As Texas and New York dominated the American League selections; Giants fans exercised their voting power for the National League. That said, the Mets David Wright belongs starting at third base.

One last note about the selections and this goes out to Melky Cabrera. As a Yankee fan this is slightly frustrating. Melky put together an awesome first half. Where was this Melky when you were in Pinstripes? 2006 was the closest you came hitting .280. I digress. Congrats Cabrera.

Jim Thome Moving Down I-95

The Baltimore Orioles acquired power hitter Jim Thome from the Phillies. Thome will provide veteran leadership in the Oriole clubhouse. I’m interested to see what Showalter will do with Thome long-term. As with all players, Thome is not the significant threat he once was. Yet, I get the sense his .227 average is misleading. Batting in the middle of the order may just get the hitting juices going. But, time will tell.

Robinson Cano’s June

As Thome is in the twilight of his career, Robinson Cano is in the prime of his. 11 home runs in the month of June is rather impressive. Did I mention his 34 hits as well? Check out this from ESPN to see who Cano joins in the universe of Yankee history.

Cano will join Derek Jeter and Curtis Granderson when the American League takes the field on July 10th. Jeter’s selection is truly deserving. All three will look to lead the Yanks into the post season with another division title.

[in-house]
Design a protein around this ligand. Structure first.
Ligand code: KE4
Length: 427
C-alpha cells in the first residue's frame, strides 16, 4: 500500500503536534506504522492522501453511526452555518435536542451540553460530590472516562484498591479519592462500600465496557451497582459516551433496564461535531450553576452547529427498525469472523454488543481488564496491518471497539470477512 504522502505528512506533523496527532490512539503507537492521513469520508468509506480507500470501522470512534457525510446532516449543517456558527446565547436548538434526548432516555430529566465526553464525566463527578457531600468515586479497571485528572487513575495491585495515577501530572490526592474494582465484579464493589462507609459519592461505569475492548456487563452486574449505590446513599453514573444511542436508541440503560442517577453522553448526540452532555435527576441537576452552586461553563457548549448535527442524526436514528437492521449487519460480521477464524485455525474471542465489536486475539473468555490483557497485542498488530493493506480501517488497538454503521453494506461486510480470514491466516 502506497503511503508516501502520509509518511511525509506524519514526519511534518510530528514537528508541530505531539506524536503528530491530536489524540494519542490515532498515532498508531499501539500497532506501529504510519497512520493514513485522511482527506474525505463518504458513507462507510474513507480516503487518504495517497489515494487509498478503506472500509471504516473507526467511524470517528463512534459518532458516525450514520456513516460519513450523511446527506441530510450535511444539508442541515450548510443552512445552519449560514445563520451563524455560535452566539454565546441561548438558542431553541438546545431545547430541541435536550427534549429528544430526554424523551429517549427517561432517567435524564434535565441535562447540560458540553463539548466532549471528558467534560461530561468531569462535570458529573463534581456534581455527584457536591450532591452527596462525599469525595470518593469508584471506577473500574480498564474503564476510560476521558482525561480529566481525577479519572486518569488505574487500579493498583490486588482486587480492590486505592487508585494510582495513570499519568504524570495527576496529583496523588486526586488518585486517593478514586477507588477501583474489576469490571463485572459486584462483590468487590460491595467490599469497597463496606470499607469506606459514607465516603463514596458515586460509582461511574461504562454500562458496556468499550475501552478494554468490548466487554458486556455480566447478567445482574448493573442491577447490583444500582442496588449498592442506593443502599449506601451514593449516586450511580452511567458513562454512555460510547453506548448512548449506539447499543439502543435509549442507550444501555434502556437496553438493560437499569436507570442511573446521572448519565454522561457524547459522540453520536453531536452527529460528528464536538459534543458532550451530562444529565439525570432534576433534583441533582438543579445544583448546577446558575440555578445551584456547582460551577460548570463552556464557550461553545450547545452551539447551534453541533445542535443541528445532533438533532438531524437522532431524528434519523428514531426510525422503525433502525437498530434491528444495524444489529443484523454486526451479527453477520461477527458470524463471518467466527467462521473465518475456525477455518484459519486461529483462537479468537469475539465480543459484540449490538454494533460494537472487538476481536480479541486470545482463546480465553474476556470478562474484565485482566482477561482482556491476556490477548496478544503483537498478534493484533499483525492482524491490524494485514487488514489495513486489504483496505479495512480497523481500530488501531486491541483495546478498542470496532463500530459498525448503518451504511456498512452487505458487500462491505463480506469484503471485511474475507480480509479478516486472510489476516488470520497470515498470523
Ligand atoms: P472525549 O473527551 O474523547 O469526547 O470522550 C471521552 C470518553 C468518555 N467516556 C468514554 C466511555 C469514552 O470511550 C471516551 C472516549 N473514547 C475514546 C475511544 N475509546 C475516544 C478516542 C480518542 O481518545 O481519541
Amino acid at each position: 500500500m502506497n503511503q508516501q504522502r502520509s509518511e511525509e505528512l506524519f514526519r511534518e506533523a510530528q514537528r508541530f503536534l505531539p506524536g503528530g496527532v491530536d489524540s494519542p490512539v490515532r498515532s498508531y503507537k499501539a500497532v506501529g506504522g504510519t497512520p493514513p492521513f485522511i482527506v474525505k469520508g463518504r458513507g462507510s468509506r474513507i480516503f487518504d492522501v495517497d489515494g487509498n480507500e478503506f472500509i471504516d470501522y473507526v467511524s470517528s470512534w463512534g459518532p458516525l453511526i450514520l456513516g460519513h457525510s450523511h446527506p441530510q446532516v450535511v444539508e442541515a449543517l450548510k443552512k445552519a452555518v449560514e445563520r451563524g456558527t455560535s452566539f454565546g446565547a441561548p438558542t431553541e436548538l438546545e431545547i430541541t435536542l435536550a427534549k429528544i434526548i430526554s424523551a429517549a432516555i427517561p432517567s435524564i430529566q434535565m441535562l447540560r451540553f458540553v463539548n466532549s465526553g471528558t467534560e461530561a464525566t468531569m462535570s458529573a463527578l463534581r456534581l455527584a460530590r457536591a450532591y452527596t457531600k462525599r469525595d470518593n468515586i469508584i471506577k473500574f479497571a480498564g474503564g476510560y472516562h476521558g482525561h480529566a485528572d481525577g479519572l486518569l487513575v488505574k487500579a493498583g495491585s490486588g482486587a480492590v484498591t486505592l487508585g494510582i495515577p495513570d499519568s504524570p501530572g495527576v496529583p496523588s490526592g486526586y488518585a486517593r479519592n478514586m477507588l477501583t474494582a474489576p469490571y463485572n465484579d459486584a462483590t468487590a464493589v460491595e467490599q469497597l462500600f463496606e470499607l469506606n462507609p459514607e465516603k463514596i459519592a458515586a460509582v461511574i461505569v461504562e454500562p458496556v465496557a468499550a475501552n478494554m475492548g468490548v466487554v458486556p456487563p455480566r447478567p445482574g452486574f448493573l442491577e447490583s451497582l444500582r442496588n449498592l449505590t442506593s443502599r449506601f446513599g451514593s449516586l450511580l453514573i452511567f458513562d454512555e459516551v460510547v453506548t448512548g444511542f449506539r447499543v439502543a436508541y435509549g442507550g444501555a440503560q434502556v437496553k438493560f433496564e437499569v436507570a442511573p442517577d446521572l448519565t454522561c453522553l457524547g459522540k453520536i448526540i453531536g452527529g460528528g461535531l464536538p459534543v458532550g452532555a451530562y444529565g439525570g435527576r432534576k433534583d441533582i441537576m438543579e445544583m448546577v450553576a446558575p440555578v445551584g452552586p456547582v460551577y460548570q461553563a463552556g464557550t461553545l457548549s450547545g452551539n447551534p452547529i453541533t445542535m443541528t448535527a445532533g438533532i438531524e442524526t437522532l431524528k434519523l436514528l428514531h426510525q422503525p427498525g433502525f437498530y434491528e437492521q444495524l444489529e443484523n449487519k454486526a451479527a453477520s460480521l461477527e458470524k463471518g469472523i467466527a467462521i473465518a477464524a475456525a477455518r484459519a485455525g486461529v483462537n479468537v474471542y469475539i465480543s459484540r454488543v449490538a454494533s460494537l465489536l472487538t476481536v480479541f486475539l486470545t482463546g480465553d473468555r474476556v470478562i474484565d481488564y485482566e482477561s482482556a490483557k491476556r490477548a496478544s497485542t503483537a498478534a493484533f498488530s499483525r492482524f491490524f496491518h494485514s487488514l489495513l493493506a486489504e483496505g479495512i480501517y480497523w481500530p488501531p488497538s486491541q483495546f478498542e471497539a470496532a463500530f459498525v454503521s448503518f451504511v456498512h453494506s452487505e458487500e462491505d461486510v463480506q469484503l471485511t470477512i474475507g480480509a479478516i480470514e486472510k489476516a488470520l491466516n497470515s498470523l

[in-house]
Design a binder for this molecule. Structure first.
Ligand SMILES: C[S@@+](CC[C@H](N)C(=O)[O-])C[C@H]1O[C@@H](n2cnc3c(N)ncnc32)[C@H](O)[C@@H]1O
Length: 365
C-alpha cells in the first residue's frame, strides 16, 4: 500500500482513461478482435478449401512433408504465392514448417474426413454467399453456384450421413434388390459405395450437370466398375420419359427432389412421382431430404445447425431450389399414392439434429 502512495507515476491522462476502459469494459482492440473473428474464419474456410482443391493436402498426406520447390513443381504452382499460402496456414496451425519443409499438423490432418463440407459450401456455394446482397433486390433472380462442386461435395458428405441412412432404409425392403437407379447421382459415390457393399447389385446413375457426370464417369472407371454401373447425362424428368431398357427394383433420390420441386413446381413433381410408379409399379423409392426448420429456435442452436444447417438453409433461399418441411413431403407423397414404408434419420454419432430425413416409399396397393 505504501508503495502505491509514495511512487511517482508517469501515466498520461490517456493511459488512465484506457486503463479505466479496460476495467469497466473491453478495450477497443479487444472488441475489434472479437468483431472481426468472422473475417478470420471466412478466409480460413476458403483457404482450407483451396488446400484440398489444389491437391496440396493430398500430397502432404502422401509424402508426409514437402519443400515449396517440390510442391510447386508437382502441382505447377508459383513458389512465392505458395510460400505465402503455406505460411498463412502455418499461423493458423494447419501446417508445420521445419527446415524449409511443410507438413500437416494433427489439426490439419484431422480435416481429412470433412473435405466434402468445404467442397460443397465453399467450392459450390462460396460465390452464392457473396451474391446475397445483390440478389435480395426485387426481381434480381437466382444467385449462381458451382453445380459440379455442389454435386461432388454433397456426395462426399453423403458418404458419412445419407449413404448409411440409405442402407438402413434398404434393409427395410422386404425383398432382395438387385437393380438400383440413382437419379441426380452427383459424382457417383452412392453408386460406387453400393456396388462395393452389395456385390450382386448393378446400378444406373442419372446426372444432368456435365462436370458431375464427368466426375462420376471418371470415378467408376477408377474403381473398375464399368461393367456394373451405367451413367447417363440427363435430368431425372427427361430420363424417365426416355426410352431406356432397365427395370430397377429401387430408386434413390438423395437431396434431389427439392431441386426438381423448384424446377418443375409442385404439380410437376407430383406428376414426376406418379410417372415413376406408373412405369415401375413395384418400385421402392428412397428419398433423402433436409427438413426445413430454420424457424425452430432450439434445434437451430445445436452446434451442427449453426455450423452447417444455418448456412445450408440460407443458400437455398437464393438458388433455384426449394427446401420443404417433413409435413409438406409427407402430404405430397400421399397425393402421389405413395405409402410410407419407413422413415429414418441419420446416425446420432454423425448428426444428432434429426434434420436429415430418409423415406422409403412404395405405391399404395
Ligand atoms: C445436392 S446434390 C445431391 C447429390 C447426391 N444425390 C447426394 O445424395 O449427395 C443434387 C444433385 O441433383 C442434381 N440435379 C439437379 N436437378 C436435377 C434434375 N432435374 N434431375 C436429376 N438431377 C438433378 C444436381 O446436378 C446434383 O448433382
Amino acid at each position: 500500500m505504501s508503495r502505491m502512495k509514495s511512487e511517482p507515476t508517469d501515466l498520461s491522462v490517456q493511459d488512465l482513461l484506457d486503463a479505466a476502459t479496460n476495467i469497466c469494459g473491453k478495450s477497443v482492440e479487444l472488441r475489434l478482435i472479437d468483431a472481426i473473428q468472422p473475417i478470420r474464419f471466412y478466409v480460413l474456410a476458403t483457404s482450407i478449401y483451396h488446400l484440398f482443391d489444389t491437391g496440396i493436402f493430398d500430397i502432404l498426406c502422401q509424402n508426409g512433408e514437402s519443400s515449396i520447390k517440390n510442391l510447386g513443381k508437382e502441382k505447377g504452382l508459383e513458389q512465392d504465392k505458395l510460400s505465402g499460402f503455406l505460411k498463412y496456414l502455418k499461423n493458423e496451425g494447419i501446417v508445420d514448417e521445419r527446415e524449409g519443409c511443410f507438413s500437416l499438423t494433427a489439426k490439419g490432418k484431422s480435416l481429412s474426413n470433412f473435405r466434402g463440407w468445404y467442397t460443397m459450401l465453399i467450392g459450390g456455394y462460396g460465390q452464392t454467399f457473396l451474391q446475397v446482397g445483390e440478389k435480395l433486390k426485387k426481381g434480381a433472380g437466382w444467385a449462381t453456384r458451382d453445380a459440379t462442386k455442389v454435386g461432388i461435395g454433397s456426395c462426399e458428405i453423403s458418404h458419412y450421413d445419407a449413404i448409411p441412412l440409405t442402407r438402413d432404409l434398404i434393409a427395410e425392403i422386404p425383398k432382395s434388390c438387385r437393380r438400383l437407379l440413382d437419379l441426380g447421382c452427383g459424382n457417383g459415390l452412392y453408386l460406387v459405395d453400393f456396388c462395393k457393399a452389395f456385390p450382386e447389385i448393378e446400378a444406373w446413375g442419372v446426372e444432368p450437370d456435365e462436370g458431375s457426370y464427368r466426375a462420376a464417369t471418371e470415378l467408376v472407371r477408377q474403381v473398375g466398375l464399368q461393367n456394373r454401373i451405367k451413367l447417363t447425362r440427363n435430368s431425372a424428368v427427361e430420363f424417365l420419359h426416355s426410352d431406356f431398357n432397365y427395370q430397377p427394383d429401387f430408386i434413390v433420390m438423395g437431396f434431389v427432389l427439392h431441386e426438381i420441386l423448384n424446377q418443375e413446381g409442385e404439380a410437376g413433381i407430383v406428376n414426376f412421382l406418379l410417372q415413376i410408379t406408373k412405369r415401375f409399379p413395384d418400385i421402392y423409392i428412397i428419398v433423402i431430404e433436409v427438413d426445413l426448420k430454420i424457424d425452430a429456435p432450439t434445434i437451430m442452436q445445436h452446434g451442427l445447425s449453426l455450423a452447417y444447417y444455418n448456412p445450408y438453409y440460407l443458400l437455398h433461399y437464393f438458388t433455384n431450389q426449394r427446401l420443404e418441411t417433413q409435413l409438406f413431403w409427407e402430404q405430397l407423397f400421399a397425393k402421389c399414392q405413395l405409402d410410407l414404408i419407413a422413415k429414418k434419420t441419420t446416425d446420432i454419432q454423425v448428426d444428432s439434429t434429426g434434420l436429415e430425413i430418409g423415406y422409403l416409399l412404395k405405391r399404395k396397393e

The week that was in baseball was entertaining to say the least.

Agree? Disagree? Let me know what you think!

All data from

Baseball: The Beautiful Game

Ripken in the latter part of his career

Ripken in the latter part of his career (Photo credit: Wikipedia)

This is the second post in Baseball: The Beautiful Game Series. This post focuses not on a game or series of games, but a career. A baseball career that was iconic. This career belonged to none other than Cal Ripken, Jr.

The beauty of baseball is the history of the game. That history is held dear by casual observers, and students of the game alike. Ripken is an icon who is untarnished. His greatest achievement, the most consecutive games played, is a record I feel will stand for all-time. Ripken’s achievement transcends American sports. Few athletes maintain productive longevity. Ripken’s career spanned a total of 21 seasons. An 18-time all-star, 3,184 hits, and 431 HRs isn’t exactly an average player.

The Iron Man represents the uniqueness of baseball’s star power. Where other sports tend to rely on multiple stars to promote and attract the fan base, baseball can have one individual. Ripken is such an example. Baseball’s beauty comes from names like Ruth, Dimaggio, Jackson, Jeter, and Ripken, Jr. Regardless of whether or not you were an Orioles fan, you rooted for Ripken. We cheered when he surpassed Gehrig’s record. Ripken carried the sport of baseball on his shoulders and still stood up straight.

Historical Perspective